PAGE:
Another reason the scientists argue that chickens may be a good marker for our generation is due to the changes we have done to the species through domestication.  There was a large push starting in the 1940’s for meatier birds which lead to massive breeding efforts. In addition, there is a current push for designer birds (chickens are becoming increasingly popular pets) which have led to many different cross-breeds. This has created a huge change in the bone structure, genetics, and skeleton of the modern-day chicken.

Knapton, S. (2018, December 12). Age of the chicken: why the Anthropocene will be geologically egg-                  ceptional. The Telegraph. Retrieved from: http://www.telegraph.co.uk/

The Curious Case of Percival Wright

It was 10 AM when Dr. Browning watched the cadaver disappear into a metal tube.

Ten hours later, she was having dinner with him.

“So, what it like?” she asked, leaning forward eagerly.

“Which part?” the former-cadaver in question, Percival Wright, teased. “The dying part, the being dead part, or the coming back to life part?”

“All of it!” Dr. Browning grinned. “Your experience is remarkable.”

“You know, all the details are already in the report Dr. Metrich wrote. Asked me every question under the sun. And wrote down every answer.” Percival shrugged tiredly. Already, fatigue was wearing him down.

“I understand, but I would also like to collect information firsthand.” She smiled. “Excited to get back home?”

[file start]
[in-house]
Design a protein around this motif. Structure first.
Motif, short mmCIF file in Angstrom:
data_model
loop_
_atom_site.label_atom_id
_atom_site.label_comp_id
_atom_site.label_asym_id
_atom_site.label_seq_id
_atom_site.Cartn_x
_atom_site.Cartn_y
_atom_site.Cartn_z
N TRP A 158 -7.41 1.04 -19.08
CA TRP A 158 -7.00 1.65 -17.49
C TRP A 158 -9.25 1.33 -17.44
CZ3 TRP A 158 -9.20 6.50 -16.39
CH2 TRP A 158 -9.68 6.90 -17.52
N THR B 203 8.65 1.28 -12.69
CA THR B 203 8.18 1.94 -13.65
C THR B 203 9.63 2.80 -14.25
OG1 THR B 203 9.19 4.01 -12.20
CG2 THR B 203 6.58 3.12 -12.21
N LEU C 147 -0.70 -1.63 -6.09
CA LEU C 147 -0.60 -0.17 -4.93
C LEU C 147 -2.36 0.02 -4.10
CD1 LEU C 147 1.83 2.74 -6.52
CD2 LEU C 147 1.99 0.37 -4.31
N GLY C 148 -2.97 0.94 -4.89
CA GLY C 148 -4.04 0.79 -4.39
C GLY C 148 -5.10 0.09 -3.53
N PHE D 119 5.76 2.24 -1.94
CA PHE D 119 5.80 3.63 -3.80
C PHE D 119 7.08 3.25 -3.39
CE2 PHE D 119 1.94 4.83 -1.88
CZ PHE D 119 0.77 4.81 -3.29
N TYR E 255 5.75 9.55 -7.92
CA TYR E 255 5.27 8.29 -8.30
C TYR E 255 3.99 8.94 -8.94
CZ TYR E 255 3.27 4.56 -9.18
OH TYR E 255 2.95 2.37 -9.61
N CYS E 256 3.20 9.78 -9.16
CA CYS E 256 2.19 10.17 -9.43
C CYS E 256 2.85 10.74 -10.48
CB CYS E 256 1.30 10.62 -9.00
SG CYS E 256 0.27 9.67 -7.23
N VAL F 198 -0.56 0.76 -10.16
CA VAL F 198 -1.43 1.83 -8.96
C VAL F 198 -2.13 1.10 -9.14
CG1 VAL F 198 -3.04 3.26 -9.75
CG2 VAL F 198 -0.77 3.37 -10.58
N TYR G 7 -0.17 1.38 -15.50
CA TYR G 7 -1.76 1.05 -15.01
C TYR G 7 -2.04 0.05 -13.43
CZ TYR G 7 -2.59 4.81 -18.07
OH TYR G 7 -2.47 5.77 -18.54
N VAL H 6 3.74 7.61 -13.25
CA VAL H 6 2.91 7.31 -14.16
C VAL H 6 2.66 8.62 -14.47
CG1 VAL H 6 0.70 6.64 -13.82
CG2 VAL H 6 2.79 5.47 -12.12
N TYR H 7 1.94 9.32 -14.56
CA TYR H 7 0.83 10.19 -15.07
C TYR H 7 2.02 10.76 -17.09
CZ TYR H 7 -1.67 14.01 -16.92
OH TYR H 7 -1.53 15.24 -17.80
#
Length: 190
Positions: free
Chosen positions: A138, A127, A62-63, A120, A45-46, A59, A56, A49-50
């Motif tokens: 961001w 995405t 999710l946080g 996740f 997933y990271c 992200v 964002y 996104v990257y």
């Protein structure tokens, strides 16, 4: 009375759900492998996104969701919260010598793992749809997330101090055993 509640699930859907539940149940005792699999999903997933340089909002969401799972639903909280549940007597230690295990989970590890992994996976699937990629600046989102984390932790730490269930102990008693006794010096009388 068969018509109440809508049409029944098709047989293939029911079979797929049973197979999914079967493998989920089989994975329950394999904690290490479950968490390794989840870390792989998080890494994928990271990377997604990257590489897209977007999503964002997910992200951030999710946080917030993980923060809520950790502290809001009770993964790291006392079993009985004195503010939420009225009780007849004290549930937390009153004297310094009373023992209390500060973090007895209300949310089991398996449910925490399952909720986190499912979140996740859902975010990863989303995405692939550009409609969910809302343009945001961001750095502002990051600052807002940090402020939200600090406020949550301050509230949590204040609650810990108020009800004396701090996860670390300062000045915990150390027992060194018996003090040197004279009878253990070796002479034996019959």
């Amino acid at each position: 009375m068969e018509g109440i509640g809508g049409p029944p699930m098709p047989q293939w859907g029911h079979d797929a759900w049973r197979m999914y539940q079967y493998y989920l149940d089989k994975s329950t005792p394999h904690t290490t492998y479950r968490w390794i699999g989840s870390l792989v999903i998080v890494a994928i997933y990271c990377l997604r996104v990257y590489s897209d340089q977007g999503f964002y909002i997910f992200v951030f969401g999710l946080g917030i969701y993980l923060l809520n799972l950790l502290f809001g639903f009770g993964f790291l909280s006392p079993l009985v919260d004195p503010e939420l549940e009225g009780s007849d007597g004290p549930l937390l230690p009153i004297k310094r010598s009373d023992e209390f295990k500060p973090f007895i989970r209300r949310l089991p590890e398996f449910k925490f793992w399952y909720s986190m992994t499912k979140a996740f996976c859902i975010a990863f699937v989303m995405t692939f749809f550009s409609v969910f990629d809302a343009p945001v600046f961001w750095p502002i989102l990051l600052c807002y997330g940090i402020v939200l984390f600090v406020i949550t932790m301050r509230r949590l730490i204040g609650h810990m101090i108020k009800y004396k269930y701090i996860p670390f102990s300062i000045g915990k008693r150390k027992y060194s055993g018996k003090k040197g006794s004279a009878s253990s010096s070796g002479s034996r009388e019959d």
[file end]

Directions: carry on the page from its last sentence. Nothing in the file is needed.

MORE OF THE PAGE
Percival nodded eagerly. “My girlfriend. She’ll be so excited to see me. Does she know I’m not dead?”

“She was the one who volunteered you, so she’s most likely been informed.” Dr. Browning looked down at her plate.

Percival’s face lit up. He reached into his pocket, presumably to get his phone, but looked confused when he came up empty-handed.

“Your phone was destroyed in the accident,” she explained.

Percival nodded slowly. “Dr. Metrich said my brother was driving?”

Dr. Browning held back a sigh; of course, Metrich would use the same cause of death each time. Constraints mattered, even if they were dull.

“You know, it’s quite strange. I … I don’t remember much of anything, but whenever someone says something, it feels like it clicks and makes sense.” He looked stricken for a moment. “I can’t remember my girlfriend’s name.”

“Maria,” she supplied.

“That sounds right, but … would it really matter what you told me?” Percival’s fingers danced on the table, making a weak attempt to mask his heavy breathing.

Dr. Browning cocked her head to the side, observing the way Percival’s eyelids seemed to be drooping, despite the fury that swept through the rest of him. “Is everything alright, Mr. Wright?”

“Nothing should make sense, but it does!” He stood up suddenly. “You – “

The table rattled as he fell against it.

Dr. Browning sighed as she watched the man collapse to the floor.

Fourteen hours later, Dr. Browning watched Percival disappear into the metal tube.